A first responder will be defined here as someone who is certified and trained to respond to a medical, or any, emergency typically before higher certified medical personnel get to the scene. I have friends that are EMTs, paramedics, and nurses and all of them are highly trained to respond to multiple types of emergencies. I’m so grateful for them. First responders are generally the first ones on the scene in a medical emergency and are trained and tasked to keep the patient alive and stable before turning them over to more specialized medical attention. Essentially, their job is to respond. And their responses save lives.
I see the church and it’s beloved and flawed believers as a type of first responders in spiritual emergencies. We have been tasked and trained as ministers of a new covenant (2 Corinthians 3:4-6) to engage the world with the gospel and make disciples by teaching all men and women what has been revealed to us (Matthew 28:19-20). The message of the gospel brings peace to turmoil, hope to despair, joy to sorrow, and restoration to desolation. This is a task we have been commanded to do. When we were in our sin, drowning, unbeknownst to us, we had a God who sent us a Savior. Our God responds to hurt. And as the church, as image bearers and Christ-representers, we have been commanded to respond.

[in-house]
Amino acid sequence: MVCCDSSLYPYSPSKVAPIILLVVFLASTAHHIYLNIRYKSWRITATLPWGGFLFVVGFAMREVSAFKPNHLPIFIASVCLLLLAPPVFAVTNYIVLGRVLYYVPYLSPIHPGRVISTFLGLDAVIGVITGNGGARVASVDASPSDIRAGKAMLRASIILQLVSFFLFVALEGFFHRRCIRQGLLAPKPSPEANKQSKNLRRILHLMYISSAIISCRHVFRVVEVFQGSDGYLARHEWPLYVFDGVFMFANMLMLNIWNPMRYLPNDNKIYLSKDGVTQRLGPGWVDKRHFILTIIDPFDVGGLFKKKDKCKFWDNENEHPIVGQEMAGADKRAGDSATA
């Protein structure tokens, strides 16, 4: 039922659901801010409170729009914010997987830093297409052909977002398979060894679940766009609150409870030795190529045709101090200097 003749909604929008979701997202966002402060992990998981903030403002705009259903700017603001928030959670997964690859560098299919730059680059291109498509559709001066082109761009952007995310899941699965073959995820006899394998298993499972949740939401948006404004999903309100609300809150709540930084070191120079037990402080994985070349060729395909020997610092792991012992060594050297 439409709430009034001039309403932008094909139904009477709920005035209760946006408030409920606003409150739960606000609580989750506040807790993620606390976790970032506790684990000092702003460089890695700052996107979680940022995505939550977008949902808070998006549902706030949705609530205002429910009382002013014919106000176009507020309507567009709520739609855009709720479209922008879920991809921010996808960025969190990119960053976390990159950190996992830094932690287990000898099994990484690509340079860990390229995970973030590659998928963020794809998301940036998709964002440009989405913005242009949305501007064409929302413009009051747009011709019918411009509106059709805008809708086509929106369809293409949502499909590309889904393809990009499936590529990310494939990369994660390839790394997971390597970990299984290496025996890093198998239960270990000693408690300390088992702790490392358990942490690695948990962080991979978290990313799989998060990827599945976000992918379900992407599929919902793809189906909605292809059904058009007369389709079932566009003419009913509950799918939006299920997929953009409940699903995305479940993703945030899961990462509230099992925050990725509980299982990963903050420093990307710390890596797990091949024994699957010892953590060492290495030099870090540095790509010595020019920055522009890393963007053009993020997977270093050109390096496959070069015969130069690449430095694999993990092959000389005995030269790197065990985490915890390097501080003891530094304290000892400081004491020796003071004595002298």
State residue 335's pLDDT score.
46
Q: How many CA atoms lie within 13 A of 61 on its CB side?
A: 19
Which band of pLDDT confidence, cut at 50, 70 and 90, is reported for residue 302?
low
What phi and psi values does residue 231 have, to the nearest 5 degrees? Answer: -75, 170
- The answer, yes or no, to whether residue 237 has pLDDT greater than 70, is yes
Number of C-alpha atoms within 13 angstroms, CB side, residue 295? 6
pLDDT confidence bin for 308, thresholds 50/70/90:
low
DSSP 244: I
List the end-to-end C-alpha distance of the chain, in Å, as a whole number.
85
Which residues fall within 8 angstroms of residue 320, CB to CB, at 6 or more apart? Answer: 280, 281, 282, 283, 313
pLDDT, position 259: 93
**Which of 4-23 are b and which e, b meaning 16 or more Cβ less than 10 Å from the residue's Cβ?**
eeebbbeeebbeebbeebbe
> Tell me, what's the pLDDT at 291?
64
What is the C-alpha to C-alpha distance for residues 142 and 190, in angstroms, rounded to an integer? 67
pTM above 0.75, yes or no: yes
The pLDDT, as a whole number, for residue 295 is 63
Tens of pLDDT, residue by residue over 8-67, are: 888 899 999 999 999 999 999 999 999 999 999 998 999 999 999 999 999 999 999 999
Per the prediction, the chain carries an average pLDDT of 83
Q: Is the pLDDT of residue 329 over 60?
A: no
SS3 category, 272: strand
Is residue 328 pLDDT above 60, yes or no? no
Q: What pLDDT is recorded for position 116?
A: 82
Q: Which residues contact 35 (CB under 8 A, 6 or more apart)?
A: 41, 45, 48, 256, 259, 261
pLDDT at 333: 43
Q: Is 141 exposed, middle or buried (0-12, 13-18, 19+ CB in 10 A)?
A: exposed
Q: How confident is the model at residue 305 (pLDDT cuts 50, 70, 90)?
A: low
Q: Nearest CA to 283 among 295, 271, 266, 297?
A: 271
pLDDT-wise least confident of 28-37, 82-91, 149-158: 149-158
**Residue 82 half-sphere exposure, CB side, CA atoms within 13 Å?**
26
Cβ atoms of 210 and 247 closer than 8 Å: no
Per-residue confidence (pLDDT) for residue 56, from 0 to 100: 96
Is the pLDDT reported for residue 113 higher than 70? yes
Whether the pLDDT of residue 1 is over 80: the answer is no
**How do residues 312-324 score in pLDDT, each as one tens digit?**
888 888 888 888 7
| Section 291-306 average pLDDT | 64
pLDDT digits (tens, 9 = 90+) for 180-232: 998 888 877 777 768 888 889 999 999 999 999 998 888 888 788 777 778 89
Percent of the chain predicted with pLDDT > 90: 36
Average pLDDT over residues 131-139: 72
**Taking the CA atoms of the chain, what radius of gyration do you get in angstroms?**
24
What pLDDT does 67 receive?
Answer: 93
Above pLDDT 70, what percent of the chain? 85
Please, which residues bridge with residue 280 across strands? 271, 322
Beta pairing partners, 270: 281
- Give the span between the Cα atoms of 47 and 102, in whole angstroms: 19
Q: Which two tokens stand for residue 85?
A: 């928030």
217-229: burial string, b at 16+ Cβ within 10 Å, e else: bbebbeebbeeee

There is so much in the world to respond to. Right now I’m reading news reports of another case of racial tension, this time on a college campus, bubbling past its breaking point, spilling over into fear, hatred, racism and wrath. It’s overwhelming to be quite honest. It is when you come face to face with the true despair in the world that you see yourself as a true fragile clay jar holding the beautiful treasure of the gospel. It is very hard to not feel truly hopeless when confronted by the reality around you. And 2 Corinthians 4:7 ( “But we have this treasure in jars of clay, to show that the surpassing power belongs to God and not to us.”